This course introduces students to fundamental concepts and theorems in probability theory. Students will learn basic methods of counting, including permutations, combinations, and multinomial coefficients. Students will develop a deep understanding of probability, including conditional probabilities and Bayes’ Theorem. They will learn about probability distributions, highlighting many distributions that appear frequently in real-world problems, including the normal, binomial, Poisson, and exponential distributions. They will additionally learn mathematical tools for working with and describing probability distributions in general, including deriving expectations, variances, and covariances. Students will be introduced to the Central Limit Theorem.
Emphasis will be placed on concepts, derivations, and problem solving. Applications to business and to data analytics will be highlighted. Students will develop a deep understanding of the fundamentals of probability so as to develop the tools to approach novel problems and/or methodologies in their future careers.
This course introduces students to concepts and theorems in statistical theory. Building off of both their introductory statistics background and MATH 5111, we will examine the theoretical underpinnings of standard statistical tools to develop both a deeper understanding of these tools and an ability to work beyond the limitations of standard tools when necessary. Examples will emphasize potential applications to business and data analytics.
Students will study a variety of aspects of statistical estimation, beginning with principles of maximum likelihood estimation and confidence intervals, and then examining properties of statistical estimators such as sufficiency and consistency. Bayesian estimation will be discussed, and contrasted with traditional estimation in terms of both theory and practical use. Hypothesis testing will be examined from the principle of likelihood ratios - examples will focus on inferences about means, variances, proportions, and differences in means and proportions, while emphasizing the ability to generalize these tools to novel problems as well.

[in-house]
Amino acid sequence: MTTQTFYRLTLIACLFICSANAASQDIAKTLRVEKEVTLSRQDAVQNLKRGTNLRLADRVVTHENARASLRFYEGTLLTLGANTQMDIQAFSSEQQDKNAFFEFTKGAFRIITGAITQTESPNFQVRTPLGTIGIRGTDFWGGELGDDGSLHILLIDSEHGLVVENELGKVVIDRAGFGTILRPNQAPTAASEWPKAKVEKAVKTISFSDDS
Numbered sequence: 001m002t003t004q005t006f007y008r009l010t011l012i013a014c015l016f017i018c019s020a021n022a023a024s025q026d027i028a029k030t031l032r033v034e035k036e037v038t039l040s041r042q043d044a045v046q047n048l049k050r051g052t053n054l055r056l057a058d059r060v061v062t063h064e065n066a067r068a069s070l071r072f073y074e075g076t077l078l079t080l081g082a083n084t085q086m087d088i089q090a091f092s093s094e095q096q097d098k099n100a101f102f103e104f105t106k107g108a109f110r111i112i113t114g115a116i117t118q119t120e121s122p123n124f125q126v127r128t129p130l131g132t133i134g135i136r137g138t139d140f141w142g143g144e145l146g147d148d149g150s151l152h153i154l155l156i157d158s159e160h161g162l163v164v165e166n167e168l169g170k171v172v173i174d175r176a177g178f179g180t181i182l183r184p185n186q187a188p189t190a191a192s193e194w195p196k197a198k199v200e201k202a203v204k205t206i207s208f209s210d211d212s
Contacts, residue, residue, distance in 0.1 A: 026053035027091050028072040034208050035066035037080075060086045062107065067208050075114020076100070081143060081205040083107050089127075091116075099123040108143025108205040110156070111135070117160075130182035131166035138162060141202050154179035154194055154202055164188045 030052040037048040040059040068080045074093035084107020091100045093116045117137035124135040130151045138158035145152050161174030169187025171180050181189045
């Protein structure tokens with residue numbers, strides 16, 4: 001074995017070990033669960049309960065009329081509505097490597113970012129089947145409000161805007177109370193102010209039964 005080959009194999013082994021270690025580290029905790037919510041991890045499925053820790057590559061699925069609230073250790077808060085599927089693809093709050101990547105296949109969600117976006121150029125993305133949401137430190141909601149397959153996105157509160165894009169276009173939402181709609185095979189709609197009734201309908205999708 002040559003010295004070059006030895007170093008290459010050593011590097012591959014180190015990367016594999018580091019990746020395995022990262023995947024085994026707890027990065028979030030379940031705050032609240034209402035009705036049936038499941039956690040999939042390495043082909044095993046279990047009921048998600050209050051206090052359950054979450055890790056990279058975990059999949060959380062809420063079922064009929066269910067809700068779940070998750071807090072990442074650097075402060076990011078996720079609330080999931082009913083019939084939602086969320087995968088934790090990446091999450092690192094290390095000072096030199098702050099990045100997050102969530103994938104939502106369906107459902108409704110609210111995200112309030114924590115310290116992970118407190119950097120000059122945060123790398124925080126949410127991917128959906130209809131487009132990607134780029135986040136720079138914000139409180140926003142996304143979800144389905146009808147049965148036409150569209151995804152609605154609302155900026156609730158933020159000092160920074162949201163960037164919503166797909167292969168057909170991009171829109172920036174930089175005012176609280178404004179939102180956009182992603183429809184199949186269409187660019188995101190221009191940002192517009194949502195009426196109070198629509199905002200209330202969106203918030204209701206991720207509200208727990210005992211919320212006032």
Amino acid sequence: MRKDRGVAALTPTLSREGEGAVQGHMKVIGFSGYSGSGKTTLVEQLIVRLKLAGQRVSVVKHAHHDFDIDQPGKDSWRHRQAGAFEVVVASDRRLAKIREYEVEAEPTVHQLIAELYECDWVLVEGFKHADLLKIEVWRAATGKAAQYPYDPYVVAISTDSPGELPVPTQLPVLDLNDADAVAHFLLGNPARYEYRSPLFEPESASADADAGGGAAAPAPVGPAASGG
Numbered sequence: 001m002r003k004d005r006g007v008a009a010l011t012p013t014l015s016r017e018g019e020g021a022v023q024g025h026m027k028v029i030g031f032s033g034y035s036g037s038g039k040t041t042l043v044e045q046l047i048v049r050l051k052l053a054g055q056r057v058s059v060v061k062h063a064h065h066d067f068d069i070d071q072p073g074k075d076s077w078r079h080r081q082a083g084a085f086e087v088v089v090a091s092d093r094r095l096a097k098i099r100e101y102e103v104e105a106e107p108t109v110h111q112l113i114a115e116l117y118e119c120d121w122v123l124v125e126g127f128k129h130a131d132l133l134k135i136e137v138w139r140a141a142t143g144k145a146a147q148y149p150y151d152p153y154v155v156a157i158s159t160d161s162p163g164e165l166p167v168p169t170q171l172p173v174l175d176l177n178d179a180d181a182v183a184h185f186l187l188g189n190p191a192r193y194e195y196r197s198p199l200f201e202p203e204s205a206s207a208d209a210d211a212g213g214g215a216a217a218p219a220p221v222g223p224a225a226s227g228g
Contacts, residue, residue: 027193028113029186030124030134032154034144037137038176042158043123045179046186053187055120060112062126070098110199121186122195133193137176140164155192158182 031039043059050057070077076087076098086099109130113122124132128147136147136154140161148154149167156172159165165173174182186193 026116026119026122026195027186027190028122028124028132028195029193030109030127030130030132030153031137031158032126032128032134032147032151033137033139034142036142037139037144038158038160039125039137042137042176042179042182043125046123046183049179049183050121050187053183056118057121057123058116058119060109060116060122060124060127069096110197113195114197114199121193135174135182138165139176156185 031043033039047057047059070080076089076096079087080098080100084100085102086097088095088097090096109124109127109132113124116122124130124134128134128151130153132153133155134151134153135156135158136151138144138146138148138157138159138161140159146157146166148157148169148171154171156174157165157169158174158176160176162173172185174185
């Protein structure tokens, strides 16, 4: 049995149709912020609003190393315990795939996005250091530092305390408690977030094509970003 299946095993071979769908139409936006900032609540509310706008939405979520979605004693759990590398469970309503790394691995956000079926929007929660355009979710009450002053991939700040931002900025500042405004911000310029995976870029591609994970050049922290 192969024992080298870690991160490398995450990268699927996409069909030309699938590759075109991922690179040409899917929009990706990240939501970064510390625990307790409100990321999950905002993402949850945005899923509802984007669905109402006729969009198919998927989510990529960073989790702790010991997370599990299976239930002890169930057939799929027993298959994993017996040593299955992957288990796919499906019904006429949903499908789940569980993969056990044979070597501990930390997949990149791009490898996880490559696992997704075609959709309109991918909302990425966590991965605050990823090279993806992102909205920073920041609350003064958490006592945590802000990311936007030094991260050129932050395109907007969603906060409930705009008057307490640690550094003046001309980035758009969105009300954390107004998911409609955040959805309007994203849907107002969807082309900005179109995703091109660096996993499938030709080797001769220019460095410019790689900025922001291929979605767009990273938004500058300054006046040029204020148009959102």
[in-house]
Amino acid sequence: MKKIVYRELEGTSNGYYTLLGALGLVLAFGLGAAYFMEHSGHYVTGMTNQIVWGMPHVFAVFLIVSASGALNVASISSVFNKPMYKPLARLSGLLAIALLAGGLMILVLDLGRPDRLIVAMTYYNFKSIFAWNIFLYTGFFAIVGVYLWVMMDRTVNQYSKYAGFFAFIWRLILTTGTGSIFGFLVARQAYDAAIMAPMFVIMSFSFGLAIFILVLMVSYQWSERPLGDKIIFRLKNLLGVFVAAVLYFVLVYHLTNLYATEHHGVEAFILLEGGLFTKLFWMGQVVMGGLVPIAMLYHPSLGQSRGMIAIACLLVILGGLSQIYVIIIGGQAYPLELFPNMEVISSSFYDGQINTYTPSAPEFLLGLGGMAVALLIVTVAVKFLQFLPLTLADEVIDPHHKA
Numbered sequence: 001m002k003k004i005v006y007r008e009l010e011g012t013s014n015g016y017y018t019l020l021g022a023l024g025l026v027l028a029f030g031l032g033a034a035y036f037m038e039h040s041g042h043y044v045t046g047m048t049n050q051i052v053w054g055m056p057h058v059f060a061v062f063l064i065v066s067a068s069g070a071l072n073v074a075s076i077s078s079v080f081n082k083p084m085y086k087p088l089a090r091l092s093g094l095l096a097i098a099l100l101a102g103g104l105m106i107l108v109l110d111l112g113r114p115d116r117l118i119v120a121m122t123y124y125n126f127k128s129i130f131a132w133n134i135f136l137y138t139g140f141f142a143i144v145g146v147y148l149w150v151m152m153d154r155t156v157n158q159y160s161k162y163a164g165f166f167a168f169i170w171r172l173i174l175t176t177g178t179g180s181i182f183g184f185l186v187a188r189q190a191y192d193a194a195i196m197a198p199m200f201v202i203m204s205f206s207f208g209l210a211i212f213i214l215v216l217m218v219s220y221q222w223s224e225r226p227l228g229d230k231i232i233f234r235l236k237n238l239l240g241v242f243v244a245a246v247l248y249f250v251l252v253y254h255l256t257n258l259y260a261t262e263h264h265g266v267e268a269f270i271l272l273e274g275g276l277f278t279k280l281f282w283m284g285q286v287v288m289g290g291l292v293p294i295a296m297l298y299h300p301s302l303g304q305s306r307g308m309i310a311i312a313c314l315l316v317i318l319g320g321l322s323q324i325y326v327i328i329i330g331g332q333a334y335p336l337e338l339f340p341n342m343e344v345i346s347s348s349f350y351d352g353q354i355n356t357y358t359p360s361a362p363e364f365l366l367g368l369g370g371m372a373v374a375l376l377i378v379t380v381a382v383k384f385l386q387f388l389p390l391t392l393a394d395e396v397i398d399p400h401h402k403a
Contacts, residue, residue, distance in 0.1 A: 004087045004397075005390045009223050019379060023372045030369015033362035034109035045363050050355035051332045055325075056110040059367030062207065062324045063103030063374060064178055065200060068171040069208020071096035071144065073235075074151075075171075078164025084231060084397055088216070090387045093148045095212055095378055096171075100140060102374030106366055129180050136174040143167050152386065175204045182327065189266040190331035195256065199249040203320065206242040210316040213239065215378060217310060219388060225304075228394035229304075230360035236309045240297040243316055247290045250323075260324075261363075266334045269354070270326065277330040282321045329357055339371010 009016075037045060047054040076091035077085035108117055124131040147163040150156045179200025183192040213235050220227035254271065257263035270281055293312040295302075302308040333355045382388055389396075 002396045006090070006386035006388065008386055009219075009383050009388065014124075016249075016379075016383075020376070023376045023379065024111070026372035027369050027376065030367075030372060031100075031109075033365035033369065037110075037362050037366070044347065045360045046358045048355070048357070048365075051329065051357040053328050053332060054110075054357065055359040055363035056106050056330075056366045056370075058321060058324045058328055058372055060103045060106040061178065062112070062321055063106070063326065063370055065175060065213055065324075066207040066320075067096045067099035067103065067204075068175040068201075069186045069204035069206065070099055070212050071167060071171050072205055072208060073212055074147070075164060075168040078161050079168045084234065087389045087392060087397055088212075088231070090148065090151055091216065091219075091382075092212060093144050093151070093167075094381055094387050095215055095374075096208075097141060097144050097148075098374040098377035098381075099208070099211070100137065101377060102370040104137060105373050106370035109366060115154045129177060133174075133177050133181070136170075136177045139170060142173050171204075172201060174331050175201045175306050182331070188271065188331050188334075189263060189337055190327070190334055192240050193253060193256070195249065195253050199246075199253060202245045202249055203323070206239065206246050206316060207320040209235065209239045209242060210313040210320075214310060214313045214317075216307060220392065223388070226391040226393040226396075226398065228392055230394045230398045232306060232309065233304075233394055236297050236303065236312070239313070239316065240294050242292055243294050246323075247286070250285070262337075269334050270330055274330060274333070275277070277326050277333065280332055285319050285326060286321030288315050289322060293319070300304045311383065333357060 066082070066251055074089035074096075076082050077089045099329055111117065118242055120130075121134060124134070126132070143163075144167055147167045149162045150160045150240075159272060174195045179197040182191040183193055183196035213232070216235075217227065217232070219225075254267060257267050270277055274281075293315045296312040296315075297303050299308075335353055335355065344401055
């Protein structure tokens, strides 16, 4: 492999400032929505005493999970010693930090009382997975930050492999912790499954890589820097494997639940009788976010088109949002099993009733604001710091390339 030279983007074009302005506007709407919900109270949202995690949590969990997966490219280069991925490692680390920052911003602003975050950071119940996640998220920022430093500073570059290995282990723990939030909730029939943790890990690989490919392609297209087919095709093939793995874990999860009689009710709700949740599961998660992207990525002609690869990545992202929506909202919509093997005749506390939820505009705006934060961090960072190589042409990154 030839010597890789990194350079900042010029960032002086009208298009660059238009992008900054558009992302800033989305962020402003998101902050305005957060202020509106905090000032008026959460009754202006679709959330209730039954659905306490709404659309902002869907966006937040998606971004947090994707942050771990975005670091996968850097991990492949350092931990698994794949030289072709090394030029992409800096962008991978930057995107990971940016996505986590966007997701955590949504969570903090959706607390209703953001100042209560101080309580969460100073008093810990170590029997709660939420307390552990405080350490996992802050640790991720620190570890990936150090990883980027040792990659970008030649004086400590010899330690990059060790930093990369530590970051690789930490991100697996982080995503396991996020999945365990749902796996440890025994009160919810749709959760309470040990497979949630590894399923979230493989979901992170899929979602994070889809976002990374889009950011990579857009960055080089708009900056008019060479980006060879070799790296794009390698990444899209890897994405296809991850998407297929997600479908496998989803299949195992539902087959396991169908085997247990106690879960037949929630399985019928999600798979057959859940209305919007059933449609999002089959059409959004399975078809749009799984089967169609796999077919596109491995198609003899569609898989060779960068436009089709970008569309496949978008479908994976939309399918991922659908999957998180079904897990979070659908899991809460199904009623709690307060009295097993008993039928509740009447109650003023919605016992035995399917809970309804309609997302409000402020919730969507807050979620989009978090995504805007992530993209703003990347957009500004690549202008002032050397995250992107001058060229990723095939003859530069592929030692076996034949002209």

A survey of discrete modeling techniques used in data analysis. Topics covered include: propositional logic; set theory; algorithms; relations; finite state machines; graph theory.
Practical work in data analytics depends on efficient access to data from a variety of sources. This course will examine typical corporate data architectures with data warehouses that include both structured and unstructured data. Common storage techniques and retrieval strategies will be included, along with an overview of security and transaction control issues. Students may not receive credit for both CPSC 5300 and SEGR 5300. Prerequisites: IS 5305, CPSC 5031, or SEGR 5031
Topics cover applications of data mining and machine learning techniques including statistical models, decision trees, clustering, and ensembles. Data analytics and data processing. Ethics of data mining. Knowledge representation. Result validation and analysis. Prerequisites: IS 5201 and IS 5310
Examination of the role and impact of information and communication technology in society, with emphasis on ethical, professional, and public policy issues. Graduate standing in the MSCS program required.